Uber, Lyft, DoorDash, Postmates, and Instacart are the main supporters of Prop 22. The measure’s endorsers include the California Chamber of Commerce, Bay Area Council, and San Francisco Chamber of Commerce. A full list of endorsements is available here.

As of publication, the supporters have raised about $183 million. The top 3 funders in support of Prop 22 are Lyft, Uber, and DoorDash. The latest contribution data can be found here.

Who opposes Proposition 22 and what’s their argument?

Opponents of Prop 22 argue that the measure locks in lower pay and substandard benefits for drivers and prevents them from organizing a union. They believe that driver pay is likely to be below minimum wage, the health insurance stipend is inadequate to purchase quality coverage, and the workers’ compensation granted by the measure is less than drivers would receive as employees. The opponents claim that drivers will also have to go without paid sick leave and unemployment benefits. According to the opposition, these companies have been violating the law by calling drivers independent contractors (a position supported by the California Attorney General and court rulings), and this ballot measure is an attempt to buy their way out of their legal problems and continue exploiting workers for their own profit.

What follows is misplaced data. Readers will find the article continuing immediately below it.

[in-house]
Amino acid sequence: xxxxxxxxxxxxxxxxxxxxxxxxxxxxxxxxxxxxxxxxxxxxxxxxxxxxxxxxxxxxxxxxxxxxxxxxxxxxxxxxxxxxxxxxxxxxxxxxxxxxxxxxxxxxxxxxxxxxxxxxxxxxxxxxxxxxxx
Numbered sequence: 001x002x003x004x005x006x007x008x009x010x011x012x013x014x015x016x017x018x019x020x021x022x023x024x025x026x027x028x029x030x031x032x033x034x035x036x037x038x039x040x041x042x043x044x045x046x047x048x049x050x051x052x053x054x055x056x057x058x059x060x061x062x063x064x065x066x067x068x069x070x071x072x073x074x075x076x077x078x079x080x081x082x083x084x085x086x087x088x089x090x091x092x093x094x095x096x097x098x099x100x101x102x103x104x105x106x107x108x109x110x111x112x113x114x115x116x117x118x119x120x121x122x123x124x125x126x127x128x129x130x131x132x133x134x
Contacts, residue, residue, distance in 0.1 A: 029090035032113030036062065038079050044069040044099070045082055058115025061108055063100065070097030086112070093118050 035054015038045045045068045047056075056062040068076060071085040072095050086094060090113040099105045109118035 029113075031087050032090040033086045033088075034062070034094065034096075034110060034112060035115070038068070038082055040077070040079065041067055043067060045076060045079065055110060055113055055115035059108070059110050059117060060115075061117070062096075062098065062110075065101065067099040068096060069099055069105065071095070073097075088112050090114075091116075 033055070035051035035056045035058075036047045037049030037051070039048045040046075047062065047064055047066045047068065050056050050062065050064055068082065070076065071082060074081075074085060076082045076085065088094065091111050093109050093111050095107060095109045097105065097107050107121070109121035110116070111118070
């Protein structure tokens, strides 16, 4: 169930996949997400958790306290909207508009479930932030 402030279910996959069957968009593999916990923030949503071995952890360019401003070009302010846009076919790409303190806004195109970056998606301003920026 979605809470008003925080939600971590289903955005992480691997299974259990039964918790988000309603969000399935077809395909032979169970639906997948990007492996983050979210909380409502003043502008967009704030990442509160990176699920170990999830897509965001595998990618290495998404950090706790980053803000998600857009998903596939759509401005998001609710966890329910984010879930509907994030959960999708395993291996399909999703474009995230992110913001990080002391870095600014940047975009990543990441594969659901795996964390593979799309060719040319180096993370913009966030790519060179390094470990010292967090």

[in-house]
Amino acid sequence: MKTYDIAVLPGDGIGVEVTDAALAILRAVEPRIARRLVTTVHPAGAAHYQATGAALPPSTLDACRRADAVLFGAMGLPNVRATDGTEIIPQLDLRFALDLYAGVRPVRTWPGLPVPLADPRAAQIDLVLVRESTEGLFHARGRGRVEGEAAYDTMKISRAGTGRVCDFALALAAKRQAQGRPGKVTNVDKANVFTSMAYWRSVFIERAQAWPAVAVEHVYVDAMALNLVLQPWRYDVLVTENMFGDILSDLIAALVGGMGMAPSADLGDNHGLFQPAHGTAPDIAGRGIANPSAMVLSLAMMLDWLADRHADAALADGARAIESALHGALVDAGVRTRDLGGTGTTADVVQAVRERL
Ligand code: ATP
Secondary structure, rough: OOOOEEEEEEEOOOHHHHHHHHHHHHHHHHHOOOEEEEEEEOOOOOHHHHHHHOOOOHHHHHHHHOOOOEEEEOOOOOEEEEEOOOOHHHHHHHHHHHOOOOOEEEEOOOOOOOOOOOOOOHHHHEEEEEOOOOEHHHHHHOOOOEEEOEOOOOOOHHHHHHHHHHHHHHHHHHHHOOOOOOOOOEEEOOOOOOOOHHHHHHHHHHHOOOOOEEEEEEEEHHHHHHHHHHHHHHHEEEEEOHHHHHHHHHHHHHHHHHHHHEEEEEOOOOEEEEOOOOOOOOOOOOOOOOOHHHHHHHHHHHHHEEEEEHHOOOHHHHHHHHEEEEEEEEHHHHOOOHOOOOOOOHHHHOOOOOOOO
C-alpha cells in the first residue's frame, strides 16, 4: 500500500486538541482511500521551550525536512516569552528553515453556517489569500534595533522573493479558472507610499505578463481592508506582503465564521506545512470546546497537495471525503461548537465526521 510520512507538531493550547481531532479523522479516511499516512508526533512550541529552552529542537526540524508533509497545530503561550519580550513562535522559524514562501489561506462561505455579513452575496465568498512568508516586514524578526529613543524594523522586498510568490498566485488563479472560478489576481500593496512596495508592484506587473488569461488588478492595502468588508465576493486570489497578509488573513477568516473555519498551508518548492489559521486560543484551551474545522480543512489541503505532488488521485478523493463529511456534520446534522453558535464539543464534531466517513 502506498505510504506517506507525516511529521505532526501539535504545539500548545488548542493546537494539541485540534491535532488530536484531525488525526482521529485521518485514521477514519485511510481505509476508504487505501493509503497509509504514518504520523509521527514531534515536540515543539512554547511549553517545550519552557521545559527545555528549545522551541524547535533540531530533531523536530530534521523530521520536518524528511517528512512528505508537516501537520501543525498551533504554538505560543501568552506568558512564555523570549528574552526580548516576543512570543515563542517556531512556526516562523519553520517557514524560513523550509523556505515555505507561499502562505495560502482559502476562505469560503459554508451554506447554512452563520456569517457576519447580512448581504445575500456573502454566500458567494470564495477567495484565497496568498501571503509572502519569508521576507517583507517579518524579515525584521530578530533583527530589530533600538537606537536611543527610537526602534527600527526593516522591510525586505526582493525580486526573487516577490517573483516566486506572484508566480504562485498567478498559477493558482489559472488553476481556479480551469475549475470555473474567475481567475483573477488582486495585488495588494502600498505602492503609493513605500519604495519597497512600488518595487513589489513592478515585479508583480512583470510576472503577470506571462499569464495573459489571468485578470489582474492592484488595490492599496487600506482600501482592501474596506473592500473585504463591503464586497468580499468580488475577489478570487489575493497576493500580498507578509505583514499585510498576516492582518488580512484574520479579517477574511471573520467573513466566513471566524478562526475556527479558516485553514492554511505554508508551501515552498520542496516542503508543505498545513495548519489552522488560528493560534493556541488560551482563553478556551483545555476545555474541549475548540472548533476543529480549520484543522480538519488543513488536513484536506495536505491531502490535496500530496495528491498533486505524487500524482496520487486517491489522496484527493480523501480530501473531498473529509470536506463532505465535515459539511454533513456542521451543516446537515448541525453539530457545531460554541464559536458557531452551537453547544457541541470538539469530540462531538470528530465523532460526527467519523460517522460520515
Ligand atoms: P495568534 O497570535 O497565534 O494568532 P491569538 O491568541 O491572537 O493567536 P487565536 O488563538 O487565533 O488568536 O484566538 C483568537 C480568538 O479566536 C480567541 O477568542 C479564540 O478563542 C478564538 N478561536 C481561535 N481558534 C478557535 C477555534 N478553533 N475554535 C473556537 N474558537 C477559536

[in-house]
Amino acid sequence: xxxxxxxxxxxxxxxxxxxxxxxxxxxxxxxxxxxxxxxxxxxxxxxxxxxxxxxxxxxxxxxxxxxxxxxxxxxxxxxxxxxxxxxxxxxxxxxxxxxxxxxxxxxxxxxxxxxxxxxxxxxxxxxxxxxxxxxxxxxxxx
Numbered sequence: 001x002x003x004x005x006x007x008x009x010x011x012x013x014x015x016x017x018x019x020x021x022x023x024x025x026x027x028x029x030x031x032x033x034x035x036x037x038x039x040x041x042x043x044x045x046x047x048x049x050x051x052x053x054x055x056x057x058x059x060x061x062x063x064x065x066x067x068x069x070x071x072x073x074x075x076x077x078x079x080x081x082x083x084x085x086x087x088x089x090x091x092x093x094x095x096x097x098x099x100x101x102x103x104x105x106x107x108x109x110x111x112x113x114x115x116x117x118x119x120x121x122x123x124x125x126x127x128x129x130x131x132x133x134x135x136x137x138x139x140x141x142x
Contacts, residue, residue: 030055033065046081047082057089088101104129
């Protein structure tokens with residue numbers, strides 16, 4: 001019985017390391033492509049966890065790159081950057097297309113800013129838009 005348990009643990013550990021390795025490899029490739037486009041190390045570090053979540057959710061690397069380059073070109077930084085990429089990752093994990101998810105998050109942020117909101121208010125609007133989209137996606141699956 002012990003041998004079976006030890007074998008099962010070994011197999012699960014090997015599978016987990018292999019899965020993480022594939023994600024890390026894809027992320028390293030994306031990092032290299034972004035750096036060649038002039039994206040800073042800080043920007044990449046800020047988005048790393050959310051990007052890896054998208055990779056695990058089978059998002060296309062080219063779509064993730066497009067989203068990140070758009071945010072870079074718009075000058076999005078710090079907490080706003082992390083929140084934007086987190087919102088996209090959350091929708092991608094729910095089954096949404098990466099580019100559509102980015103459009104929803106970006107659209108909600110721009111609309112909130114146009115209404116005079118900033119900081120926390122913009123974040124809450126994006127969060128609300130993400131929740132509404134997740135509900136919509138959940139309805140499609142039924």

Labor unions are the main opponents of Prop 22. The measure’s opposition includes Democratic Presidential Candidate Joe Biden, Democratic Vice Presidential Candidate Kamala Harris, U.S. Senator Elizabeth Warren, State Senators Nancy Skinner and Scott Weiner, Assemblymembers Rob Bonta, David Chiu, Ash Kalra, and Buffy Wicks, the California Labor Federation, Western Center on Law and Poverty, and Working Partnerships USA. A full list of opponents is available here.

As of publication, the opposition has raised about $8 million. The top 3 funders in opposition to Prop 22 are the Teamsters Union, Service Employees International Union (SEIU), and the United Food and Commercial Workers Union Local 770. The latest contribution data can be found here.

TechEquity votes no on Proposition 22